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The Caverns of Kildun Aalda--Chapter Twenty--George's Most Precious Find
Johanna looked around. “It is so dark; our lanterns are not casting enough light for us to walk easily in.”
“That is why we did not notice the ochre jelly lurking over our heads,” Britt said.
“I think I may be able to help,” Balon said. “Give me a minute.”
He closed his eyes and his body became rigid.
“What is happening to him?” Bard whispered to Johanna, startled.
“He is meditating, trying to bring one of his spells to the surface.”
Balon breathed deeply, slowly exhaling and inhaling with each breath. A flicker, just for a moment expelled from his body. Then it was gone. However, he continued with his breathing rhythm. The flicker came again and this time it did not disappear. His entire body soon had a faint yellow line outlining his body. Once the outline was completed, the line expanded from his body until the magic-user was consumed by a globe of light that expanded sixty feet across.
“Wow,” whispered Bard, surprised. The light emitted from Balon’s body, bounced off the walls around them. They were not finished and smooth like the rooms in the upper level; they were unfinished and irregular. From where they were standing, the passageways were about ten feet wide.
“No wonder it is hard to read the map for the lower level,” George said. He looked to the ground, which was covered by rock and debris. “We would have tripped on something, if we only relied on our lanterns for a source of light.”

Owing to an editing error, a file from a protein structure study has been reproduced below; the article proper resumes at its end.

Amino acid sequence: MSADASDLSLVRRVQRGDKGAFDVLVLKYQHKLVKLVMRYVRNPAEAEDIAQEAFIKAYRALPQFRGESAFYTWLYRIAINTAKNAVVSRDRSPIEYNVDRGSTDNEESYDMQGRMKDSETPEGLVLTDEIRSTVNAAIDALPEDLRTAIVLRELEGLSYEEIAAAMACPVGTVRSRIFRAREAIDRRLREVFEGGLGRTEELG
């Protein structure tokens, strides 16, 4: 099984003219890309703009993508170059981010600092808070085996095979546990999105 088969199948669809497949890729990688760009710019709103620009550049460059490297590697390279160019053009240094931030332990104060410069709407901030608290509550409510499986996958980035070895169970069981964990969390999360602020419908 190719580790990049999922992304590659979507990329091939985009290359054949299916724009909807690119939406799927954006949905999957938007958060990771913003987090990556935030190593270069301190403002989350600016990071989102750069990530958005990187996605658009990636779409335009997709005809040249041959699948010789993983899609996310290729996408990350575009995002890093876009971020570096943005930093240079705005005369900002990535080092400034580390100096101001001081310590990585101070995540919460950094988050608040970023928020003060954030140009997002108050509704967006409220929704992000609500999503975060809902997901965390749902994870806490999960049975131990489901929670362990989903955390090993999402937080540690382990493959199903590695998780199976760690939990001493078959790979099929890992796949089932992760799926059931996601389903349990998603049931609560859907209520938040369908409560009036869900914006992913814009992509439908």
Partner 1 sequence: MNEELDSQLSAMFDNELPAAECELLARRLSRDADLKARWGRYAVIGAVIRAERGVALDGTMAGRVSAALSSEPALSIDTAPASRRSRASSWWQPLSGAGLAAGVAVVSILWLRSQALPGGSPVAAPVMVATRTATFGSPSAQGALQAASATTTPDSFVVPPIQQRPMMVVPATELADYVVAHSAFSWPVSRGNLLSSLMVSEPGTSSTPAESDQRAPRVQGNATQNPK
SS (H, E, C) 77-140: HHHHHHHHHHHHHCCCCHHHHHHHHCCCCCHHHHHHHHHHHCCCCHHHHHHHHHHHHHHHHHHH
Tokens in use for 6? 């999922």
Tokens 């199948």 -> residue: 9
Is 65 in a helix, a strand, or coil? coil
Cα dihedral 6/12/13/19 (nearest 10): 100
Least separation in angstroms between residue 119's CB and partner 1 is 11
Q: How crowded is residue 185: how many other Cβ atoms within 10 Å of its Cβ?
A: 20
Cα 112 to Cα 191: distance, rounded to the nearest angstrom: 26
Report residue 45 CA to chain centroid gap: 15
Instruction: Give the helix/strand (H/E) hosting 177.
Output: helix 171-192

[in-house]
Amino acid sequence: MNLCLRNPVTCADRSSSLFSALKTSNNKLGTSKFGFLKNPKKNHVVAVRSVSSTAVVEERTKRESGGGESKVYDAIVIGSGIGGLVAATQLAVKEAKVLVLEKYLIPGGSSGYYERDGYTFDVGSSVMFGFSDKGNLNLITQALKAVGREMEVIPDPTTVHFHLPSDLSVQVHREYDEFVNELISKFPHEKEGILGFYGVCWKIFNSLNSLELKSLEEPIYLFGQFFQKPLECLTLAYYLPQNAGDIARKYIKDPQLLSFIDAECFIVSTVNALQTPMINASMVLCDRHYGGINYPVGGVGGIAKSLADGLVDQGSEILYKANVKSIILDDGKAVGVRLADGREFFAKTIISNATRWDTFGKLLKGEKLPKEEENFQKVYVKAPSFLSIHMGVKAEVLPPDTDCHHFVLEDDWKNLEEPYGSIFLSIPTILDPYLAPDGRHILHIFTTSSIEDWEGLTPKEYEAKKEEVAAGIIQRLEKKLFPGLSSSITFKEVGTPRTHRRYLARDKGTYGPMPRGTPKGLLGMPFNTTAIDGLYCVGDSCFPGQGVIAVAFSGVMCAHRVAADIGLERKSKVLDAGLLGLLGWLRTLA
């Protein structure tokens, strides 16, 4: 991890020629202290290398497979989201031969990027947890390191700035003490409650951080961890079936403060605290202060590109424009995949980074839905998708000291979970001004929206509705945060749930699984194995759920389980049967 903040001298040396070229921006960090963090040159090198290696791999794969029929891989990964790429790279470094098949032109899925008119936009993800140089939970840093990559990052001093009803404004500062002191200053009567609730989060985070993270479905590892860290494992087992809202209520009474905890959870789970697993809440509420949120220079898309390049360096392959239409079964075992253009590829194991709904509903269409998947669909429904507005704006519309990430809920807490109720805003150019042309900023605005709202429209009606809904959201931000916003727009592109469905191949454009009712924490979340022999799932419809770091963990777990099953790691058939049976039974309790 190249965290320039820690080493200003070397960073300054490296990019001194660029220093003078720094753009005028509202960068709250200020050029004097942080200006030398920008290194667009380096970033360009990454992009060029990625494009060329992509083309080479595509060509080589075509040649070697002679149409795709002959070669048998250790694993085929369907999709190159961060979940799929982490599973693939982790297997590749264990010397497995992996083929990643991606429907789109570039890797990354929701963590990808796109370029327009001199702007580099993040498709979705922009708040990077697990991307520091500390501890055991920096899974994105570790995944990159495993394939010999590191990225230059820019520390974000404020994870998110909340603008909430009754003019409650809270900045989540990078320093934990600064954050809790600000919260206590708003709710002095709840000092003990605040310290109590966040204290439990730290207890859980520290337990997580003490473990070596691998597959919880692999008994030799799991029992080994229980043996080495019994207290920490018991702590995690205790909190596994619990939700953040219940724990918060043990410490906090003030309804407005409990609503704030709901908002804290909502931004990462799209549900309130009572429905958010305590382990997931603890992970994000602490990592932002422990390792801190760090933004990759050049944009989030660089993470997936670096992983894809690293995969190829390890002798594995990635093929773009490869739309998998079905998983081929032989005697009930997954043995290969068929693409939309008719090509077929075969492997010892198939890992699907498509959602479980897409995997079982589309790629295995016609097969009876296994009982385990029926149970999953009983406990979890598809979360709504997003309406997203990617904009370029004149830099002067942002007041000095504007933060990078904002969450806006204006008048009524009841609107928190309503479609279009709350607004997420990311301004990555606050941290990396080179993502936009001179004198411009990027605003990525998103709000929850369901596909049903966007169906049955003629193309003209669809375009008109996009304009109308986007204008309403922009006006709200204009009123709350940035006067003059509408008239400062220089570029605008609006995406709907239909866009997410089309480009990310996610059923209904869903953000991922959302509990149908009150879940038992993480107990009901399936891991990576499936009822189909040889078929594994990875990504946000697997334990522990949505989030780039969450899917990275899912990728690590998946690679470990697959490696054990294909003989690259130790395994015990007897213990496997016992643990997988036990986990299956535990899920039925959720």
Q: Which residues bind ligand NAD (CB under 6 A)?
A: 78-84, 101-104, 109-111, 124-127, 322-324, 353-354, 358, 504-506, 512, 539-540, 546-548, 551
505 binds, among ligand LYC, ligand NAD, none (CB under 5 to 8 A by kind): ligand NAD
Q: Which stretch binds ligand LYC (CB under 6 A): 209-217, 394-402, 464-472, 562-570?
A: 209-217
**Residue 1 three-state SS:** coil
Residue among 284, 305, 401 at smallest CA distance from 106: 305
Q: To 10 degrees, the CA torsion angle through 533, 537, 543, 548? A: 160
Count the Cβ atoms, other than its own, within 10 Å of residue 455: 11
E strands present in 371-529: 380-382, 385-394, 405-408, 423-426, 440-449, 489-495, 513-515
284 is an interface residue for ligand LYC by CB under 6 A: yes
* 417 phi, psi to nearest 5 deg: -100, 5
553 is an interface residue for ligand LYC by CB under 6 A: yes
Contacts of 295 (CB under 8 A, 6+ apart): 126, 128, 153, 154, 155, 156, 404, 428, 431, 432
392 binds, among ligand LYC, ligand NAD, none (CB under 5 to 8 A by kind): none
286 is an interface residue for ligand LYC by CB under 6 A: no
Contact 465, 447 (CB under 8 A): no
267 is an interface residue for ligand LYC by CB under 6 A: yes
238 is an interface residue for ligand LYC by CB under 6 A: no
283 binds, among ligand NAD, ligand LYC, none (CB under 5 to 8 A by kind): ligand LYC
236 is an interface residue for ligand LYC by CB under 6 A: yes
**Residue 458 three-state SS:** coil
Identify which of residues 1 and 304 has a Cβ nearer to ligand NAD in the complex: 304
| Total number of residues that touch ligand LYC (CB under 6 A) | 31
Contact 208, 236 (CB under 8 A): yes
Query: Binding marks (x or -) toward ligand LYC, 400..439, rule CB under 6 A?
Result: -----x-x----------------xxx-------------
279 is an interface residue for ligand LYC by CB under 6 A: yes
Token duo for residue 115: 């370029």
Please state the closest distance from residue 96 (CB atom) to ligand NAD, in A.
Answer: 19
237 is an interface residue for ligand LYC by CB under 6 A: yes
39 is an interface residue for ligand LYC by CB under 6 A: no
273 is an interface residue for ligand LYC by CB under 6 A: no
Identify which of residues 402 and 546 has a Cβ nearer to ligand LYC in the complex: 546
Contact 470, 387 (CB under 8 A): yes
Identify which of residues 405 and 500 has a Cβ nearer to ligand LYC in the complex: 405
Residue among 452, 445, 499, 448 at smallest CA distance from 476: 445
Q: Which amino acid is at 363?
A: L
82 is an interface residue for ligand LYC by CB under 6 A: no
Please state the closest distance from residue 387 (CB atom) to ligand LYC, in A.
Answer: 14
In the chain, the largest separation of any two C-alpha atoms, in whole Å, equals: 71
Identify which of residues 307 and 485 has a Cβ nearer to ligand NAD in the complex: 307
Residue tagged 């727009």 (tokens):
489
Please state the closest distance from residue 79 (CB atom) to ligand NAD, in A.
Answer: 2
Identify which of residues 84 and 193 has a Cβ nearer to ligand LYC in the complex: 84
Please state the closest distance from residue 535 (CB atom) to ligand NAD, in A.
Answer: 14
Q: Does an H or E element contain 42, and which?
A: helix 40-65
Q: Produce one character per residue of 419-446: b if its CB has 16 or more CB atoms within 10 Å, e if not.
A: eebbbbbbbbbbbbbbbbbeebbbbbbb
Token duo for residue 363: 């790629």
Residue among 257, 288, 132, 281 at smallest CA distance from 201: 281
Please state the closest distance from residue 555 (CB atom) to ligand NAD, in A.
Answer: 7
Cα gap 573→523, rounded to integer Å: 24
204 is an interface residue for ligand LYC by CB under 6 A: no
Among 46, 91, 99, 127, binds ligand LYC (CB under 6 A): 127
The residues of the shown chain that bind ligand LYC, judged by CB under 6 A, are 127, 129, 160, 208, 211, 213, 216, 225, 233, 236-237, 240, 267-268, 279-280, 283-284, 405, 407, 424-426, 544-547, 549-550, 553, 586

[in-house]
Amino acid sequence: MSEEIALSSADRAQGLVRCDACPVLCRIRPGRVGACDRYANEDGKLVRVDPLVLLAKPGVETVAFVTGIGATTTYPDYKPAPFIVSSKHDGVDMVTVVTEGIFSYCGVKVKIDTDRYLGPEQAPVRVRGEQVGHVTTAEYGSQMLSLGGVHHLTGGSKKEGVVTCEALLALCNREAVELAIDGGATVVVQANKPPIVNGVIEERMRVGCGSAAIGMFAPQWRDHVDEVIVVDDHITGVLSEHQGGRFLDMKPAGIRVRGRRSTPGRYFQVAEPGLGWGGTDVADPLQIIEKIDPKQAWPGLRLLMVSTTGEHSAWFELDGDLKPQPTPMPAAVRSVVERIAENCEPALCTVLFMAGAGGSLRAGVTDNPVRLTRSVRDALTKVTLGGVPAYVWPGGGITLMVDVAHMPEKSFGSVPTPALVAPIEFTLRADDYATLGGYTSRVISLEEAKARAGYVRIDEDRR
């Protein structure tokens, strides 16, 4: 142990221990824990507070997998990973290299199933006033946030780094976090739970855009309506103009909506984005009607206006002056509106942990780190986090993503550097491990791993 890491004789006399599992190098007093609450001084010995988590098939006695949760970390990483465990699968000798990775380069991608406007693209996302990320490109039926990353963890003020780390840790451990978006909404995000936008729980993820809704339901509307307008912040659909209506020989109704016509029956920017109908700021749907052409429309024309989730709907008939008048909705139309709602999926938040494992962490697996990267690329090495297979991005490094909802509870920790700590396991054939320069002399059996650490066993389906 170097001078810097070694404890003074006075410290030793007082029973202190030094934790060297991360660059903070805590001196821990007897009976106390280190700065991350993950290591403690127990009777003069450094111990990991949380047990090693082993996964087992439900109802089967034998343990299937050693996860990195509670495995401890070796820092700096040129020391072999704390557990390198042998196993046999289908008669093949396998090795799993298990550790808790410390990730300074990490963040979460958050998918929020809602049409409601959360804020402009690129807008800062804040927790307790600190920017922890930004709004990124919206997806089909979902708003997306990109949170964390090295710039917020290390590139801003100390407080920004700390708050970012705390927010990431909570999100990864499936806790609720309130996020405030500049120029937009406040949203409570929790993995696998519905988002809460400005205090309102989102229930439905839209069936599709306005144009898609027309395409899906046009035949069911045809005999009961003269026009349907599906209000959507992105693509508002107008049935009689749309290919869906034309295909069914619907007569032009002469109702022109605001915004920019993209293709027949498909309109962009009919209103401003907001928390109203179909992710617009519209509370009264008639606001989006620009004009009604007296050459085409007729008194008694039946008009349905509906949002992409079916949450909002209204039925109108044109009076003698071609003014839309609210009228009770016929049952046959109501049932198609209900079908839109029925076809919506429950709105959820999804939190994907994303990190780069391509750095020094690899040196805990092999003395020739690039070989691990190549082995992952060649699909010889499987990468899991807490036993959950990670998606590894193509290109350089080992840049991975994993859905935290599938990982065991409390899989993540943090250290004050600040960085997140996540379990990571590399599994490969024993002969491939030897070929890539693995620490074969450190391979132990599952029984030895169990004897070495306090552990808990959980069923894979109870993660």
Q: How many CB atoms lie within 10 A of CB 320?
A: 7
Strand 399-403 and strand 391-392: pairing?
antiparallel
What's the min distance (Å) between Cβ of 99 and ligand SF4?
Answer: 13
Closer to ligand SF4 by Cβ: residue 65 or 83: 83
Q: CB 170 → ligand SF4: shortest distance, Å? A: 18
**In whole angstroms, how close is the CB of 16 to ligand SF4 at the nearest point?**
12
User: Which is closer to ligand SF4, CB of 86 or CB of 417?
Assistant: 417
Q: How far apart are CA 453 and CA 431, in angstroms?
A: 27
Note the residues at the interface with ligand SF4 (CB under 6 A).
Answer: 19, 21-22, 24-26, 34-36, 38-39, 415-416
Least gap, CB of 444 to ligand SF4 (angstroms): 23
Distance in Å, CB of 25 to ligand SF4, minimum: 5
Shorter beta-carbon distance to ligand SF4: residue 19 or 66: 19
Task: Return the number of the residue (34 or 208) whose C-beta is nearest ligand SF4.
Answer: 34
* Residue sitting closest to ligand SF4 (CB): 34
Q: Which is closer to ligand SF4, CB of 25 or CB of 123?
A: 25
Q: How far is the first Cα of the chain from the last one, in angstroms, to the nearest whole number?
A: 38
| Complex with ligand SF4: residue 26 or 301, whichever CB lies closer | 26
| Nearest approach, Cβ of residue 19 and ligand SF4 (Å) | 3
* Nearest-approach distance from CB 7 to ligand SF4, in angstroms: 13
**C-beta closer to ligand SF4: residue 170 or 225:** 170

“Remember,” said Britt, “there probably are not any doors down here. If we are looking for a cavern, we may have to look for areas where rock has fallen and blocked a passage.”
“It worked,” he said smiling.
“You are a seer,” said Johanna.
“I thought you were a medium,” said Britt.
“As I use more magic, I build my experience. It is like you Bard; you build your experience by fighting. Even though you are just a veteran fighter, I see in the near future that you will become a sword master.”
“How do you know when you can use a spell?”
“My own self tells me when I am ready. I meditate and learn all spells. If I try to perform a spell and I do not have the experience to do it yet, my self warns me.”
“What happens if you still try to perform a spell after you have been warned?”
“The spell could possible work. However, my body may not be ready to perform the spell and I can die doing it.”
With the steady globe of light coming from the magic-users, the group was able to walk down the passageway without stumbling into each other. They left the chamber where Bard almost met his end and followed a passageway that winded first to the south then went to the northwest.
“We can either go down this one,” George said, “or continue up the one we are on.” They had reached an area of the passage way where it continued to go north. It also branched back to the east.
“Let’s go down this one,” Britt said, indicating the one that branched to the east. “If there is nothing down there, we will come back to the main one.”
They traveled a short distance and an open cavern stood to their left. “I would not be surprised if we are close to the entrance back to the upper level,” Balon said.
George glanced down at his map. “You are right, Balon. All we would have to do is dig through the wall and we will be back right where we started. Since we found a room, we can explore.”
“What is that smell?” George asked as they approached the next cavern. Even before they came within ten feet of the entrance, a musky smell reached their nostrils.
“Troglodytes,” Britt answered. The smell was overpowering where they had to breathe through their mouths.
“It smells so bad, I can taste it,” the thief gasped.
When he first saw them huddled around a large stone, Bard thought they were at first Kobolds. However, instead of having a doglike head and a tail that resembled a rat’s, these creatures were reptilian. While there were only two of them, they both held heavy clubs.